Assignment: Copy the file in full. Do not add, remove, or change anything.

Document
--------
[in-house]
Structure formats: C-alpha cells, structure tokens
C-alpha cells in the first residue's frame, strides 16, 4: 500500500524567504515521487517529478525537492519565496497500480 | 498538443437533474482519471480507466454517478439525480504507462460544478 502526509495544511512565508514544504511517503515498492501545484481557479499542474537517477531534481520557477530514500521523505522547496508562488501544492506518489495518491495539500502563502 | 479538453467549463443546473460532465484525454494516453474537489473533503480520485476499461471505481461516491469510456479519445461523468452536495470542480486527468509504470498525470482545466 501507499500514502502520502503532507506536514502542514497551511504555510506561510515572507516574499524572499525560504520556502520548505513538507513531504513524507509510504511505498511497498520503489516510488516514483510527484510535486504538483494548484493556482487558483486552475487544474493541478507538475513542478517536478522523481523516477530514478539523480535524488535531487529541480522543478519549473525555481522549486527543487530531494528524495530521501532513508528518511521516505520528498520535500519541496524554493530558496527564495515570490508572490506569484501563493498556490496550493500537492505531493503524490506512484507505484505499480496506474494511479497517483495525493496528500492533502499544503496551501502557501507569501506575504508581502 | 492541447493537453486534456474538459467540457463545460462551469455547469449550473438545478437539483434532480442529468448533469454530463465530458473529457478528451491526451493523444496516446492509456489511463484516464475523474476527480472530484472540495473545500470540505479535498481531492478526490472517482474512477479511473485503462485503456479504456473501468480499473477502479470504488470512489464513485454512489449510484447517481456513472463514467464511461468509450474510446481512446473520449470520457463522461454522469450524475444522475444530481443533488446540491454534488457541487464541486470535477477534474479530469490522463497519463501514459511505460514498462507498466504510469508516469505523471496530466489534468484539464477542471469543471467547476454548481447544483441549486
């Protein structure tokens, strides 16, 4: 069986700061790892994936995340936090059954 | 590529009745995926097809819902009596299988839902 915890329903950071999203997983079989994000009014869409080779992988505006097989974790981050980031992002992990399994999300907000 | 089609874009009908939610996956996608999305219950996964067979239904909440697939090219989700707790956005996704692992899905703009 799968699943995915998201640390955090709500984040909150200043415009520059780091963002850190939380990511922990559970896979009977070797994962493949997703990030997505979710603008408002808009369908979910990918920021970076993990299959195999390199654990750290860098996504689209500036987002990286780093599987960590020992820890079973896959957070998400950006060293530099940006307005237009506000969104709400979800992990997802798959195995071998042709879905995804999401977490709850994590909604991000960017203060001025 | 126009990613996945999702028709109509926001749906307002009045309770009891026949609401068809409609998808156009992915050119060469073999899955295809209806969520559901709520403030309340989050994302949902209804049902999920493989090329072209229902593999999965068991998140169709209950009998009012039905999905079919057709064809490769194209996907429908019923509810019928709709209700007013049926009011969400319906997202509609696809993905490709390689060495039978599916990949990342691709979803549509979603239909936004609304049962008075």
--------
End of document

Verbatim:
[in-house]
Structure formats: C-alpha cells, structure tokens
C-alpha cells in the first residue's frame, strides 16, 4: 500500500524567504515521487517529478525537492519565496497500480 | 498538443437533474482519471480507466454517478439525480504507462460544478 502526509495544511512565508514544504511517503515498492501545484481557479499542474537517477531534481520557477530514500521523505522547496508562488501544492506518489495518491495539500502563502 | 479538453467549463443546473460532465484525454494516453474537489473533503480520485476499461471505481461516491469510456479519445461523468452536495470542480486527468509504470498525470482545466 501507499500514502502520502503532507506536514502542514497551511504555510506561510515572507516574499524572499525560504520556502520548505513538507513531504513524507509510504511505498511497498520503489516510488516514483510527484510535486504538483494548484493556482487558483486552475487544474493541478507538475513542478517536478522523481523516477530514478539523480535524488535531487529541480522543478519549473525555481522549486527543487530531494528524495530521501532513508528518511521516505520528498520535500519541496524554493530558496527564495515570490508572490506569484501563493498556490496550493500537492505531493503524490506512484507505484505499480496506474494511479497517483495525493496528500492533502499544503496551501502557501507569501506575504508581502 | 492541447493537453486534456474538459467540457463545460462551469455547469449550473438545478437539483434532480442529468448533469454530463465530458473529457478528451491526451493523444496516446492509456489511463484516464475523474476527480472530484472540495473545500470540505479535498481531492478526490472517482474512477479511473485503462485503456479504456473501468480499473477502479470504488470512489464513485454512489449510484447517481456513472463514467464511461468509450474510446481512446473520449470520457463522461454522469450524475444522475444530481443533488446540491454534488457541487464541486470535477477534474479530469490522463497519463501514459511505460514498462507498466504510469508516469505523471496530466489534468484539464477542471469543471467547476454548481447544483441549486
């Protein structure tokens, strides 16, 4: 069986700061790892994936995340936090059954 | 590529009745995926097809819902009596299988839902 915890329903950071999203997983079989994000009014869409080779992988505006097989974790981050980031992002992990399994999300907000 | 089609874009009908939610996956996608999305219950996964067979239904909440697939090219989700707790956005996704692992899905703009 799968699943995915998201640390955090709500984040909150200043415009520059780091963002850190939380990511922990559970896979009977070797994962493949997703990030997505979710603008408002808009369908979910990918920021970076993990299959195999390199654990750290860098996504689209500036987002990286780093599987960590020992820890079973896959957070998400950006060293530099940006307005237009506000969104709400979800992990997802798959195995071998042709879905995804999401977490709850994590909604991000960017203060001025 | 126009990613996945999702028709109509926001749906307002009045309770009891026949609401068809409609998808156009992915050119060469073999899955295809209806969520559901709520403030309340989050994302949902209804049902999920493989090329072209229902593999999965068991998140169709209950009998009012039905999905079919057709064809490769194209996907429908019923509810019928709709209700007013049926009011969400319906997202509609696809993905490709390689060495039978599916990949990342691709979803549509979603239909936004609304049962008075």